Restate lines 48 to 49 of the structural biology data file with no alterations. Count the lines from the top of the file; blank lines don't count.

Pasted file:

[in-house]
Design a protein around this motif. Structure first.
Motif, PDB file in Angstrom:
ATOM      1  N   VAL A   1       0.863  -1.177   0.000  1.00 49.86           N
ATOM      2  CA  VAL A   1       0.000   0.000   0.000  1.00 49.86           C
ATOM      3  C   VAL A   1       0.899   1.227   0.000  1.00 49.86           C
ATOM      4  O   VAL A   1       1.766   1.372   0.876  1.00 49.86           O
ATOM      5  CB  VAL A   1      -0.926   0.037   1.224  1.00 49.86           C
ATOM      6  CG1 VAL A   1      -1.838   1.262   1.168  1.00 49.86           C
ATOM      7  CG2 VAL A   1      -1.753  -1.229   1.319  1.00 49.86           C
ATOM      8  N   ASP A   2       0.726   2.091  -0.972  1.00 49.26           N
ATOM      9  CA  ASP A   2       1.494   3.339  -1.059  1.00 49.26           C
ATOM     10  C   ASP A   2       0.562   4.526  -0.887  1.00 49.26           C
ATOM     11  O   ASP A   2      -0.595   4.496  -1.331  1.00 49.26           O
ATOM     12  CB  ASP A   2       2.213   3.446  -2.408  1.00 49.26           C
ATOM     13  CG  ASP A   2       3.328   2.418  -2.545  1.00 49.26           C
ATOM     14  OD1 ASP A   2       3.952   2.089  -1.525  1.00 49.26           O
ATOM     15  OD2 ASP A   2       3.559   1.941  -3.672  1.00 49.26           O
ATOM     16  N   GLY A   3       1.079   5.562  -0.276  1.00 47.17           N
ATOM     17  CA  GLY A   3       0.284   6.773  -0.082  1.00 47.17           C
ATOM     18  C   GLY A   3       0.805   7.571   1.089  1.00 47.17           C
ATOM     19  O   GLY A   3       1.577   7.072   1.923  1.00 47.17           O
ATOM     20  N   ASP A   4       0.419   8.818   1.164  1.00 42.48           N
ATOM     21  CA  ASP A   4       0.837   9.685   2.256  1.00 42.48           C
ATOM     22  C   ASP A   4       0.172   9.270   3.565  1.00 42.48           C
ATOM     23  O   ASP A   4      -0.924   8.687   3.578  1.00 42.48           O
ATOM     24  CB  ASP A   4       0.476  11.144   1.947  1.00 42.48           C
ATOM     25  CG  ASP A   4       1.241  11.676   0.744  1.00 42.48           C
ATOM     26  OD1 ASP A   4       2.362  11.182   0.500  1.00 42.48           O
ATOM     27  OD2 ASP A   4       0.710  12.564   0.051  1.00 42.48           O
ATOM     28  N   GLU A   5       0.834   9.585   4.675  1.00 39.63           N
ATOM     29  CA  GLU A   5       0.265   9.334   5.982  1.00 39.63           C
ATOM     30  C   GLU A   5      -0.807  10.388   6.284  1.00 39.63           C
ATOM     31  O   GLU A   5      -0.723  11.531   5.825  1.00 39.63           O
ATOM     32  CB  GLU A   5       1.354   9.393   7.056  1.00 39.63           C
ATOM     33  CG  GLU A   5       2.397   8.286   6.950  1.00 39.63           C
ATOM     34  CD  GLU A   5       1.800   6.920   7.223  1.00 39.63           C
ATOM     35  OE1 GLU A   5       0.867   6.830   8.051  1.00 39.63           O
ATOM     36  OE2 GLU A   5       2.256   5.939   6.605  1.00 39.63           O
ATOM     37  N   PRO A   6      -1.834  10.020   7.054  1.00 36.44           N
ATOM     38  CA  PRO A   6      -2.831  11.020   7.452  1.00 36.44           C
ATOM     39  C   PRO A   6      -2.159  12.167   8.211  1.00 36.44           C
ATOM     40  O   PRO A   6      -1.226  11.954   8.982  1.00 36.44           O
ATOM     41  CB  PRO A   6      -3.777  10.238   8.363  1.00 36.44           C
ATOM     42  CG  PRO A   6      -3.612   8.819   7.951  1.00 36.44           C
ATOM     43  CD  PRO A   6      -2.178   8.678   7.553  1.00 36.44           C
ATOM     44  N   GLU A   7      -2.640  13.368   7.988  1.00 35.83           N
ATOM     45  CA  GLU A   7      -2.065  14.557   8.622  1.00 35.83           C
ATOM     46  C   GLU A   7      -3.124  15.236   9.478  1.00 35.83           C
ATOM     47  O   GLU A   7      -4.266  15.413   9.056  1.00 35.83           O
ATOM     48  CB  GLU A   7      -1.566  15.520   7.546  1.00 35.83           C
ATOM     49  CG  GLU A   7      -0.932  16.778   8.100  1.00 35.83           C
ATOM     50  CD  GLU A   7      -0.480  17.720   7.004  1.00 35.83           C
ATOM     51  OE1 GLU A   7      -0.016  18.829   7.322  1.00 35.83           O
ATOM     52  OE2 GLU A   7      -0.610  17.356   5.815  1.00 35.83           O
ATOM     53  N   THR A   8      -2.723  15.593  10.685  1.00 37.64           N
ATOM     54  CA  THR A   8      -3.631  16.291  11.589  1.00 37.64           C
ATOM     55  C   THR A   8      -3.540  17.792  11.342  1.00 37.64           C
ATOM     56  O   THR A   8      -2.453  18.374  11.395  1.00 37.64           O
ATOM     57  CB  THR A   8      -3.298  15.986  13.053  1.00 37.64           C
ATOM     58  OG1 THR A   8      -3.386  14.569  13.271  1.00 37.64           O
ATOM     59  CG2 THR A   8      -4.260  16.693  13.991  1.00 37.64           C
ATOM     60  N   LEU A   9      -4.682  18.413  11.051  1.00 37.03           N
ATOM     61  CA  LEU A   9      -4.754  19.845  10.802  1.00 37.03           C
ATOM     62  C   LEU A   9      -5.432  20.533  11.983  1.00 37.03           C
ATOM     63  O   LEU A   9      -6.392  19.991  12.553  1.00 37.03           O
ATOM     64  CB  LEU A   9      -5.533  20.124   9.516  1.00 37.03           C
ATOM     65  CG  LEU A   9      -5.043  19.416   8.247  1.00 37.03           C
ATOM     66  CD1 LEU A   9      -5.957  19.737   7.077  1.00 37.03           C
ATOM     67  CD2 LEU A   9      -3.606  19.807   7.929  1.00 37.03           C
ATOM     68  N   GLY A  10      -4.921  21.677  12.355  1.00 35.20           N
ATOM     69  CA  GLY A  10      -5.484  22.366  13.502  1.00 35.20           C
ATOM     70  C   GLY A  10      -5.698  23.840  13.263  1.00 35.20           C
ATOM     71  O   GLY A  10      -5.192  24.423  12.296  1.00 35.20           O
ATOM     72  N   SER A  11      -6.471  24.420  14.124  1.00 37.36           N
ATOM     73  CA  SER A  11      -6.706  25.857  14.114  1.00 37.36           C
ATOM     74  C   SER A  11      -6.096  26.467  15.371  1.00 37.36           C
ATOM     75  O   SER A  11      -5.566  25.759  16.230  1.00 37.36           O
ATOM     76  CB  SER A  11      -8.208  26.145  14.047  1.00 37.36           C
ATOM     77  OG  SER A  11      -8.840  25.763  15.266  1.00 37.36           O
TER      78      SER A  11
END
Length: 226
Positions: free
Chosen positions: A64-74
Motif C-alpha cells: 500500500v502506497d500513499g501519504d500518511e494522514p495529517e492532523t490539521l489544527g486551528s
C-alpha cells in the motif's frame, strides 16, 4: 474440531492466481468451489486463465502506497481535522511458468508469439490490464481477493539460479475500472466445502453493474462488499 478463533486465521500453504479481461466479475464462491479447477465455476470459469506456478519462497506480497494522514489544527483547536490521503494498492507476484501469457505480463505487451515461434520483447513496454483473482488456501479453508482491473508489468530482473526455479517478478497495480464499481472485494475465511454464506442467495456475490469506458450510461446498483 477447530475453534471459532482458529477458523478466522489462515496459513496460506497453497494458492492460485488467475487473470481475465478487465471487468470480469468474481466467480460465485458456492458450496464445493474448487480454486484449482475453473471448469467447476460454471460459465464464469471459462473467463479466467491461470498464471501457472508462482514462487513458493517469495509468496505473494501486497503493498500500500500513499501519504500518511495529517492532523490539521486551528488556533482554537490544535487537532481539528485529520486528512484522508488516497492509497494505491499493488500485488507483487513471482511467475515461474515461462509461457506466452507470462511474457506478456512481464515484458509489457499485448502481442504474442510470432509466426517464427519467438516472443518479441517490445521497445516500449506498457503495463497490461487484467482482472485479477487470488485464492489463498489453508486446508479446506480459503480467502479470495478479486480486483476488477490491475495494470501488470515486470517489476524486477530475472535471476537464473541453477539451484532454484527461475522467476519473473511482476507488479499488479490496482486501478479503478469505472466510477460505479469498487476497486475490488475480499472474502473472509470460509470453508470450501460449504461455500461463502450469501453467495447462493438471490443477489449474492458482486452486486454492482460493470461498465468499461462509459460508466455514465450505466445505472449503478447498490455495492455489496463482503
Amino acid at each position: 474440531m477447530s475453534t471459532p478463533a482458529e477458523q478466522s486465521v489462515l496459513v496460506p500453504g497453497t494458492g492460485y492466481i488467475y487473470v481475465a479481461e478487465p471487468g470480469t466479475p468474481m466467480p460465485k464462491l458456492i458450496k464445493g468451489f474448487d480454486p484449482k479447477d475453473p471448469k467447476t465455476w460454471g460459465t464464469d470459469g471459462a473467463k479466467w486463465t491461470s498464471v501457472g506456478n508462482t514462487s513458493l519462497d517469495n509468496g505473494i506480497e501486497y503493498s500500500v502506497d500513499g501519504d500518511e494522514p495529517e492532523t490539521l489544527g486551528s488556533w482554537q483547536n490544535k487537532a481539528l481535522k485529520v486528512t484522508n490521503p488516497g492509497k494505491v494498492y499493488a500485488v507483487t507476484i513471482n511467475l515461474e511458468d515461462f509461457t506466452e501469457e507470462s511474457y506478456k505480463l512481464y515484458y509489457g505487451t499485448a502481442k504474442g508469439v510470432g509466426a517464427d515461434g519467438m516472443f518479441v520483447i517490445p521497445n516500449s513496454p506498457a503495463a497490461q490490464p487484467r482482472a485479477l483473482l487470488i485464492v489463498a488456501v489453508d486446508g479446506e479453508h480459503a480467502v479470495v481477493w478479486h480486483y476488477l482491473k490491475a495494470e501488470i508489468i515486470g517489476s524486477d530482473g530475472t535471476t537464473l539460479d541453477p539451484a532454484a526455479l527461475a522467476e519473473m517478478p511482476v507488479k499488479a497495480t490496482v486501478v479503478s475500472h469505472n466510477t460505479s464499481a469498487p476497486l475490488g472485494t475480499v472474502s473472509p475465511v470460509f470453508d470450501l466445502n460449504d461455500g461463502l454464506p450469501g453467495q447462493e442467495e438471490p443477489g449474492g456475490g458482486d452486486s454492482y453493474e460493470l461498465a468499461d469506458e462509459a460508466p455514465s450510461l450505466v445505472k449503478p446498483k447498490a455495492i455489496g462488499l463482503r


ATOM     45  CA  GLU A   7      -2.065  14.557   8.622  1.00 35.83           C
ATOM     46  C   GLU A   7      -3.124  15.236   9.478  1.00 35.83           C